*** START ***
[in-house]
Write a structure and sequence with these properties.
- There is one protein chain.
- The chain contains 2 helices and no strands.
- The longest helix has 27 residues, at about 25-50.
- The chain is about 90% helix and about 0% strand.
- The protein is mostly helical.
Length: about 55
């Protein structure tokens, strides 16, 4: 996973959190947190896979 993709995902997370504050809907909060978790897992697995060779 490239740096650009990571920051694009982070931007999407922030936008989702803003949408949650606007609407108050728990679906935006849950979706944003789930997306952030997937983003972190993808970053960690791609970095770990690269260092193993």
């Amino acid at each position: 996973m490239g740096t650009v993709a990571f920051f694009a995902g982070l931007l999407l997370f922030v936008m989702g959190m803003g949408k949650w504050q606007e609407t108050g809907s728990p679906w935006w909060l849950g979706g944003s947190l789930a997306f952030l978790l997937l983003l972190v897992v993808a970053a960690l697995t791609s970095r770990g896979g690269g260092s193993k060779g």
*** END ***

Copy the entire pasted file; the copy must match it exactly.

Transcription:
[in-house]
Write a structure and sequence with these properties.
- There is one protein chain.
- The chain contains 2 helices and no strands.
- The longest helix has 27 residues, at about 25-50.
- The chain is about 90% helix and about 0% strand.
- The protein is mostly helical.
Length: about 55
């Protein structure tokens, strides 16, 4: 996973959190947190896979 993709995902997370504050809907909060978790897992697995060779 490239740096650009990571920051694009982070931007999407922030936008989702803003949408949650606007609407108050728990679906935006849950979706944003789930997306952030997937983003972190993808970053960690791609970095770990690269260092193993």
């Amino acid at each position: 996973m490239g740096t650009v993709a990571f920051f694009a995902g982070l931007l999407l997370f922030v936008m989702g959190m803003g949408k949650w504050q606007e609407t108050g809907s728990p679906w935006w909060l849950g979706g944003s947190l789930a997306f952030l978790l997937l983003l972190v897992v993808a970053a960690l697995t791609s970095r770990g896979g690269g260092s193993k060779g």